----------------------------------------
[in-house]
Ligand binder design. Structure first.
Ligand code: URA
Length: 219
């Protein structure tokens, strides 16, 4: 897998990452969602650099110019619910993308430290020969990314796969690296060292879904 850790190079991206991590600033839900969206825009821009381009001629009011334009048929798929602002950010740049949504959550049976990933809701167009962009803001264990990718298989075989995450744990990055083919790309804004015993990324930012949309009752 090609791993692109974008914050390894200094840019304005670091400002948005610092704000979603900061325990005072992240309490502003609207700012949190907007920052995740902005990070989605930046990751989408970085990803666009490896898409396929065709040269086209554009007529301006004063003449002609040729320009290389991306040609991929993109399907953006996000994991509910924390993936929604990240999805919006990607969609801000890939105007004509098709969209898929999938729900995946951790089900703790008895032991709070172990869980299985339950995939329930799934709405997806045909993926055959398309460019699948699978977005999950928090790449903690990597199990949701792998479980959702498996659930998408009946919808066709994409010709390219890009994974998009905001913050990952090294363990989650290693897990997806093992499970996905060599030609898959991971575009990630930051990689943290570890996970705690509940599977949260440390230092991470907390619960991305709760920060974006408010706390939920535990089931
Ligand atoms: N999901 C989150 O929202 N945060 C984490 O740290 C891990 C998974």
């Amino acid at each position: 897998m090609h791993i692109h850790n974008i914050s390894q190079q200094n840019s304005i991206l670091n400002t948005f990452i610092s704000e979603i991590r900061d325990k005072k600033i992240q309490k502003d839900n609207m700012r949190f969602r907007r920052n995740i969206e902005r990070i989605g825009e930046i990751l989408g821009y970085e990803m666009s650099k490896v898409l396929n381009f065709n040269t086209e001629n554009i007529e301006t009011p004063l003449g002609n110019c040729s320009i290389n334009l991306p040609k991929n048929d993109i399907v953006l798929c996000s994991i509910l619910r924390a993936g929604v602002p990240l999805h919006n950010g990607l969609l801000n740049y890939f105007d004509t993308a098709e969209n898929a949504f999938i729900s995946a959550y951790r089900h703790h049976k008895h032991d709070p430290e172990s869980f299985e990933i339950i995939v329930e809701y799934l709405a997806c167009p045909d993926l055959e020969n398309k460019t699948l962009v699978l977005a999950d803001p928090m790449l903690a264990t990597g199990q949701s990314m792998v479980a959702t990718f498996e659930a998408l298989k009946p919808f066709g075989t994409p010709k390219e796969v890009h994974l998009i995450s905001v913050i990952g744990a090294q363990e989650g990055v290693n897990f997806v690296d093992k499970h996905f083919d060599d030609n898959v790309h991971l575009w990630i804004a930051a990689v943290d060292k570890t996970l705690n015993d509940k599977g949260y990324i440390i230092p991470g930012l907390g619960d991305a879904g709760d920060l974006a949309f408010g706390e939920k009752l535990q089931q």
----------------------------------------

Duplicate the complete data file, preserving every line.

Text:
[in-house]
Ligand binder design. Structure first.
Ligand code: URA
Length: 219
């Protein structure tokens, strides 16, 4: 897998990452969602650099110019619910993308430290020969990314796969690296060292879904 850790190079991206991590600033839900969206825009821009381009001629009011334009048929798929602002950010740049949504959550049976990933809701167009962009803001264990990718298989075989995450744990990055083919790309804004015993990324930012949309009752 090609791993692109974008914050390894200094840019304005670091400002948005610092704000979603900061325990005072992240309490502003609207700012949190907007920052995740902005990070989605930046990751989408970085990803666009490896898409396929065709040269086209554009007529301006004063003449002609040729320009290389991306040609991929993109399907953006996000994991509910924390993936929604990240999805919006990607969609801000890939105007004509098709969209898929999938729900995946951790089900703790008895032991709070172990869980299985339950995939329930799934709405997806045909993926055959398309460019699948699978977005999950928090790449903690990597199990949701792998479980959702498996659930998408009946919808066709994409010709390219890009994974998009905001913050990952090294363990989650290693897990997806093992499970996905060599030609898959991971575009990630930051990689943290570890996970705690509940599977949260440390230092991470907390619960991305709760920060974006408010706390939920535990089931
Ligand atoms: N999901 C989150 O929202 N945060 C984490 O740290 C891990 C998974």
């Amino acid at each position: 897998m090609h791993i692109h850790n974008i914050s390894q190079q200094n840019s304005i991206l670091n400002t948005f990452i610092s704000e979603i991590r900061d325990k005072k600033i992240q309490k502003d839900n609207m700012r949190f969602r907007r920052n995740i969206e902005r990070i989605g825009e930046i990751l989408g821009y970085e990803m666009s650099k490896v898409l396929n381009f065709n040269t086209e001629n554009i007529e301006t009011p004063l003449g002609n110019c040729s320009i290389n334009l991306p040609k991929n048929d993109i399907v953006l798929c996000s994991i509910l619910r924390a993936g929604v602002p990240l999805h919006n950010g990607l969609l801000n740049y890939f105007d004509t993308a098709e969209n898929a949504f999938i729900s995946a959550y951790r089900h703790h049976k008895h032991d709070p430290e172990s869980f299985e990933i339950i995939v329930e809701y799934l709405a997806c167009p045909d993926l055959e020969n398309k460019t699948l962009v699978l977005a999950d803001p928090m790449l903690a264990t990597g199990q949701s990314m792998v479980a959702t990718f498996e659930a998408l298989k009946p919808f066709g075989t994409p010709k390219e796969v890009h994974l998009i995450s905001v913050i990952g744990a090294q363990e989650g990055v290693n897990f997806v690296d093992k499970h996905f083919d060599d030609n898959v790309h991971l575009w990630i804004a930051a990689v943290d060292k570890t996970l705690n015993d509940k599977g949260y990324i440390i230092p991470g930012l907390g619960d991305a879904g709760d920060l974006a949309f408010g706390e939920k009752l535990q089931q």